Publication details

Transcriptome Profile Analyses of Head Kidney in Roach (Rutilus rutilus), Common Bream (Abramis brama) and Their Hybrids: Does Infection by Monogenean Parasites in Freshwater Fish Reveal Differences in Fish Vigour among Parental Species and Their Hybrids?

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Year of publication 2023
Type Article in Periodical
Magazine / Source Biology
MU Faculty or unit

Faculty of Science

Keywords Monogenea; Paradiplozoon homoion; freshwater fish; hybridization; RNA seq; differential gene expression; hybrid heterosis; hybrid breakdown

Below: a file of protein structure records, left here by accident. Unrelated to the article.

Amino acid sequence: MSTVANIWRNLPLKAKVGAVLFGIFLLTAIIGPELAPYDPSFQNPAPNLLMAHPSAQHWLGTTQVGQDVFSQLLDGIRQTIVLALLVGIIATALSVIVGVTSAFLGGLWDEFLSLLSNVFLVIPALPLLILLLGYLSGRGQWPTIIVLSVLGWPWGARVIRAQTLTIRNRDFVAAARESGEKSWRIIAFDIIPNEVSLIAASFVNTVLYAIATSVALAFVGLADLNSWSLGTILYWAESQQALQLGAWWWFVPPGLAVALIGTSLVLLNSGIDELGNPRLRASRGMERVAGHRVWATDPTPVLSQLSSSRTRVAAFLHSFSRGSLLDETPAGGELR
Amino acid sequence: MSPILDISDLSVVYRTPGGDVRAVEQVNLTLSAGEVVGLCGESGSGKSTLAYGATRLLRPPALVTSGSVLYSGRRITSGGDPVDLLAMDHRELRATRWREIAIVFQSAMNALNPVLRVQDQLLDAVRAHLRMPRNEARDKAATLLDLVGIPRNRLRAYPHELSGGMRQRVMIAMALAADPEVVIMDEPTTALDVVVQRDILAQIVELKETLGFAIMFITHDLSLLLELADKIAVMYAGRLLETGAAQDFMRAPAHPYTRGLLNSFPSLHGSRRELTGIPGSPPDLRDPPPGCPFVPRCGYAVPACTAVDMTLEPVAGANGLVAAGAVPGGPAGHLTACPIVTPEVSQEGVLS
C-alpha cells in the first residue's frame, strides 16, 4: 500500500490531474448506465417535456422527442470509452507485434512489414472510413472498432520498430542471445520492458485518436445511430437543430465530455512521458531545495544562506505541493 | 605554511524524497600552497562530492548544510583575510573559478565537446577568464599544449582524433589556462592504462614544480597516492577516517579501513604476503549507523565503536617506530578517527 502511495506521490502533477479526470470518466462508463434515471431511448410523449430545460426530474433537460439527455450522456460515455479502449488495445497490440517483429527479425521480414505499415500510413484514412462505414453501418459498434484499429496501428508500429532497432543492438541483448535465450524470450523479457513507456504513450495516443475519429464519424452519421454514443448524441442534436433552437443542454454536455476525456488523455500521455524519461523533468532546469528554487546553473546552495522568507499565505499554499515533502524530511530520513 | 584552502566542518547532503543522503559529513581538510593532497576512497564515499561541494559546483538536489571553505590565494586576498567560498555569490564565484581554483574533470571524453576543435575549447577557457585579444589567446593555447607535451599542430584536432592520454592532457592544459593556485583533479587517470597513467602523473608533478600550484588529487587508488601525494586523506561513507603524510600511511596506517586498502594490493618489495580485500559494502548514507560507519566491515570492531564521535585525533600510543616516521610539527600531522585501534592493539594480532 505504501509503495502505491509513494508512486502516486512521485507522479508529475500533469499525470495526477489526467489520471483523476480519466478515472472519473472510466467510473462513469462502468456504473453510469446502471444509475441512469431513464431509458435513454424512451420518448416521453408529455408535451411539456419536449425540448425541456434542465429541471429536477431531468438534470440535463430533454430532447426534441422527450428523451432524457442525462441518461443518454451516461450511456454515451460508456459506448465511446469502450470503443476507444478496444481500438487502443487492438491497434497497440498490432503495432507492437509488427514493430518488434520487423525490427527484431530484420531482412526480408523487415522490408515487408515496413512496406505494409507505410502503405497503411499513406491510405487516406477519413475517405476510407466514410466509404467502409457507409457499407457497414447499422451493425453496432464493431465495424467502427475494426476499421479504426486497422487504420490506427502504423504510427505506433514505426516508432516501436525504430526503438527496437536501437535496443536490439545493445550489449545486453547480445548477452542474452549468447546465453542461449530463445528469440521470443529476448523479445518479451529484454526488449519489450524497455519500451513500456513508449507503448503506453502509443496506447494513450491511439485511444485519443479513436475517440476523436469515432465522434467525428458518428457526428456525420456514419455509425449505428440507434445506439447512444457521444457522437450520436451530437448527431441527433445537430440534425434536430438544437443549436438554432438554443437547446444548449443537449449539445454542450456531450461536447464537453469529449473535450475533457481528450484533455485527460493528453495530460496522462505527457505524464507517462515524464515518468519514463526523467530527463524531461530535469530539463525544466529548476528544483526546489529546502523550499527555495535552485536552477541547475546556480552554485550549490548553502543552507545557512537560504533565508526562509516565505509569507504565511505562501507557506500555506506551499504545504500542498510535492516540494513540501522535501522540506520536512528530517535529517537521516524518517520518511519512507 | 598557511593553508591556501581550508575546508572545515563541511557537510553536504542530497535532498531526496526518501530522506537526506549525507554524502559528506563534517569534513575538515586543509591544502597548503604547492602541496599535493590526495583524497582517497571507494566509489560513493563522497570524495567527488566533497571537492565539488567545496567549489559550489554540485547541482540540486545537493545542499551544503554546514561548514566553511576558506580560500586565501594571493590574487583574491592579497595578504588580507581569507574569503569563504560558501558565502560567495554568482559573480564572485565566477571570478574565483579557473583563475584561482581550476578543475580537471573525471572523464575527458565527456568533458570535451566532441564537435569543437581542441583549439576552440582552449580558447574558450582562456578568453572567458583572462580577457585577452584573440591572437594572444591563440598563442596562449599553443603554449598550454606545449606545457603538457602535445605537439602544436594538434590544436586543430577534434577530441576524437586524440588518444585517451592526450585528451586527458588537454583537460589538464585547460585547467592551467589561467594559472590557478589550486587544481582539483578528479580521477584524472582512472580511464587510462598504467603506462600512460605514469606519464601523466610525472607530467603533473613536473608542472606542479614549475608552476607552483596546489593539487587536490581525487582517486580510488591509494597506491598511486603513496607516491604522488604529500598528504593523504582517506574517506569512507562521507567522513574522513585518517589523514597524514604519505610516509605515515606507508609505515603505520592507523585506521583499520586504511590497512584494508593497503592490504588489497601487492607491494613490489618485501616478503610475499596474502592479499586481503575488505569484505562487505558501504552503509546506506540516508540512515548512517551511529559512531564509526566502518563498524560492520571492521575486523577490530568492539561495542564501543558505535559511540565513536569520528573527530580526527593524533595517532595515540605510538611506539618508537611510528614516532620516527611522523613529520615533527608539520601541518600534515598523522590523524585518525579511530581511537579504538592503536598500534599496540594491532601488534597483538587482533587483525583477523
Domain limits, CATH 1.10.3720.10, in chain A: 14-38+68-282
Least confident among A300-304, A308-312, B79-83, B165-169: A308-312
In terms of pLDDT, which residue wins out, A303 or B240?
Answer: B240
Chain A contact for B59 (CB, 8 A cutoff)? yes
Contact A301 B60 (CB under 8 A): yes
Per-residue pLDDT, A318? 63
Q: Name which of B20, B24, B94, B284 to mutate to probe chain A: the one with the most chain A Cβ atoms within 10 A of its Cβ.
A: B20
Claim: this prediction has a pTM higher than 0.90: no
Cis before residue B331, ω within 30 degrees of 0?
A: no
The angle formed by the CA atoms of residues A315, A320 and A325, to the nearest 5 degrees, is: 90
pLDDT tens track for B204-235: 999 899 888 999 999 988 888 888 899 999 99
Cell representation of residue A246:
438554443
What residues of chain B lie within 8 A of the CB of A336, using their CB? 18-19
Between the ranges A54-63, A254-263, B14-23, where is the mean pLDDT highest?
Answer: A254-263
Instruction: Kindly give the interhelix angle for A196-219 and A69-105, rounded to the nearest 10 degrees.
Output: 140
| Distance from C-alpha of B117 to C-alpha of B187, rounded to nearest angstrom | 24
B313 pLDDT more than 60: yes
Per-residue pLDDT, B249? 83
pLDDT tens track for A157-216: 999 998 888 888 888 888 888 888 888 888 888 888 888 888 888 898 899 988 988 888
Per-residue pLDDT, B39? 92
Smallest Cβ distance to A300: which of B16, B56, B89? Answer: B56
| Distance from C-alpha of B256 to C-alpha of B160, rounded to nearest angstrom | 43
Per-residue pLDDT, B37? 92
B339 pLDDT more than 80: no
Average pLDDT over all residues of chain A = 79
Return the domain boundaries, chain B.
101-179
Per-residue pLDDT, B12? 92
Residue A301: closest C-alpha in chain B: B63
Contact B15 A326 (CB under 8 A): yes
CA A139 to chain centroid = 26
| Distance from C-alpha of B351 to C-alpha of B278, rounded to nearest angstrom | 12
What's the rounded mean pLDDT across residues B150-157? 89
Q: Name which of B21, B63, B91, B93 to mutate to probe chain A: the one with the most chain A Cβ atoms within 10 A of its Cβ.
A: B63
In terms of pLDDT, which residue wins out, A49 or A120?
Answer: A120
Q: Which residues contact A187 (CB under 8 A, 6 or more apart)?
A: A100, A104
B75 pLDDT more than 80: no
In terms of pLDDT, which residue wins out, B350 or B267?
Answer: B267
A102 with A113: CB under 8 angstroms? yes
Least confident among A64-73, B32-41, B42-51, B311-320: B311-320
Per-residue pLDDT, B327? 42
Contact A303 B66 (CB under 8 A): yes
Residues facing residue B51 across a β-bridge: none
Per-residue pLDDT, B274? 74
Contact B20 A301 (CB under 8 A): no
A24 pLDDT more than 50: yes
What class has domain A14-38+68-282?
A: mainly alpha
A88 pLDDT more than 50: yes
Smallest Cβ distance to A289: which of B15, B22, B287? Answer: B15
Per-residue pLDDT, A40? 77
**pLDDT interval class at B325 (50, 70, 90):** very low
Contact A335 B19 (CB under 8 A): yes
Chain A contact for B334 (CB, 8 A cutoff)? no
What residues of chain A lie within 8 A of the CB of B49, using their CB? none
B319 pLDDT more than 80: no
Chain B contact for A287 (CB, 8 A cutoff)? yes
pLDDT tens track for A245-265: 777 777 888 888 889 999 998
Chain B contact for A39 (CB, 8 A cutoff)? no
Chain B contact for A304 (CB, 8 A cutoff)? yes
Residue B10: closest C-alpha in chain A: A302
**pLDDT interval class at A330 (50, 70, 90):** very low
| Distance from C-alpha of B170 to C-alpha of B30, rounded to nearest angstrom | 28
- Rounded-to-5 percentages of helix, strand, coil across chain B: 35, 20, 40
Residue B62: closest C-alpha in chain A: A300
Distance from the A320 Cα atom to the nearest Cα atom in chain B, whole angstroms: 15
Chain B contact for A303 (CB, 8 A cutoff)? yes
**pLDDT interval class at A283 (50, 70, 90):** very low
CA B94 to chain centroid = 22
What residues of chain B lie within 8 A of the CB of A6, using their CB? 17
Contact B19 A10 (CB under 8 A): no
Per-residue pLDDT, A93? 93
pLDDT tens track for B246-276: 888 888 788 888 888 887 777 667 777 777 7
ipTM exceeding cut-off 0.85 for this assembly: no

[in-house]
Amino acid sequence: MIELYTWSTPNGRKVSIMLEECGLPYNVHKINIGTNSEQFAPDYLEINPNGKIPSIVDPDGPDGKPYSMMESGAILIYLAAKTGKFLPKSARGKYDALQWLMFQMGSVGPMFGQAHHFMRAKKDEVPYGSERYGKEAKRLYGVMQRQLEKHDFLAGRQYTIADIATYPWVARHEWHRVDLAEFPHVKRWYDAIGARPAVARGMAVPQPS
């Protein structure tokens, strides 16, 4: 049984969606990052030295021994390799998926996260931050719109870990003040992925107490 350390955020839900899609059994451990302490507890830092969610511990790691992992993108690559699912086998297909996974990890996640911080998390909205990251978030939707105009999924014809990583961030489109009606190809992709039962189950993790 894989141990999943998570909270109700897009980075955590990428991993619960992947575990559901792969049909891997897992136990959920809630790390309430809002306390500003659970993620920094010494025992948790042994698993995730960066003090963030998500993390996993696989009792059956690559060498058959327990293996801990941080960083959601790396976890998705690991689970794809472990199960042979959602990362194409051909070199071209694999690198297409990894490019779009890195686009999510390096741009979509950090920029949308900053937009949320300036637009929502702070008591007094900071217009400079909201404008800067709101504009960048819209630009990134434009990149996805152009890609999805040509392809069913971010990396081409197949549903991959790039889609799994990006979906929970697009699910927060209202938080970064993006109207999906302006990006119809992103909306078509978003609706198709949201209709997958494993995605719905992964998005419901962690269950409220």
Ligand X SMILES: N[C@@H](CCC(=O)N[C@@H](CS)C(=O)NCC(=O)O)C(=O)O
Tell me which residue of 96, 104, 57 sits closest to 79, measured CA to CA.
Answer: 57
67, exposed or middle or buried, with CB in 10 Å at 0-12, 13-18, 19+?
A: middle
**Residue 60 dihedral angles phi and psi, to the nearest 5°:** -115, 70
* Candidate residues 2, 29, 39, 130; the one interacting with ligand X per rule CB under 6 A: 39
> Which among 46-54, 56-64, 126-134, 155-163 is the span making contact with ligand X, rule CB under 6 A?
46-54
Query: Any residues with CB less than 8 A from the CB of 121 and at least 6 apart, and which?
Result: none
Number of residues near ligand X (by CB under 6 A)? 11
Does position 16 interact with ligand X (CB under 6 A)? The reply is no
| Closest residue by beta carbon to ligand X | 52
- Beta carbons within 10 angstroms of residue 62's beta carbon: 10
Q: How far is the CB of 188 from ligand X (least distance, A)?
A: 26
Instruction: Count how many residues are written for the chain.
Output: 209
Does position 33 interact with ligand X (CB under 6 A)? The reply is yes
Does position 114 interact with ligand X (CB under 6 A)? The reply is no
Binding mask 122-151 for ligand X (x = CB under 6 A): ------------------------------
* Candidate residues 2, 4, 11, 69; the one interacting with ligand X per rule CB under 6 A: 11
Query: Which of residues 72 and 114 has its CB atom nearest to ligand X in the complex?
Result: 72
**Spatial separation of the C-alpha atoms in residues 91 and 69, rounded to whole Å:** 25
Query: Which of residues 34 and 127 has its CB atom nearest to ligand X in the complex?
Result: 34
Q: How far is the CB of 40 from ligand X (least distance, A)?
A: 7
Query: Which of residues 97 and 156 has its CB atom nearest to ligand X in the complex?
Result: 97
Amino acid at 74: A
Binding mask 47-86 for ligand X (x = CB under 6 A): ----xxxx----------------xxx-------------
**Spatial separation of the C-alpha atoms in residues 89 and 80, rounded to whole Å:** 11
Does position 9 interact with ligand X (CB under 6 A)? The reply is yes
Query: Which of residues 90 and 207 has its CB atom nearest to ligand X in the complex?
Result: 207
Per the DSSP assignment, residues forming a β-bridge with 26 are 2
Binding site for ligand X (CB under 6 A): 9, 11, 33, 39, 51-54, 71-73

Description Interspecific hybrids of F1 generations have frequently been characterized by high vigour resulting from heterosis advantage. In contrast, post-F1 generations are expected to express hybrid breakdown, i.e., they suffer from low viability and survival, reproductive abnormalities or sterility and limited ecological performance. Resistance or susceptibility to parasites is one of the measures reflecting hybrid vigour. The present study aimed to analyse the experimental infection of the blood-feeding generalist parasite Paradiplozoon homoion (Monogenea) in two target fish species, Abramis brama and Rutilus rutilus, and their reciprocal F1 hybrids and backcross hybrids, and to reveal potential parasite-induced changes in their transcriptome profiles of head kidney. We hypothesized various effects of hybridization in terms of parasitism in F1 hybrids and backcross hybrids reflected by differential gene expression. The number of differentially expressed genes (DEGs) differed between fish lines with a lower number of DEGs in F1 hybrids and a higher number in backcross hybrids when compared to the parental lines, A. brama and R. rutilus. Backcross hybrids were more infected than F1 hybrids and parental lines. DEG analyses revealed the role of heme binding, erythrocyte differentiation and immunity-related processes in fish after infection by blood-feeding P. homoion. Using GO and KEGG analyses, we revealed the similarity in DEGs between two backcross generations of hybrids. This finding may indicate a potential consequence of hybrid breakdown in backcross generations. Gene expression in less parasitized F1 hybrids is in line of hybrid advantage.
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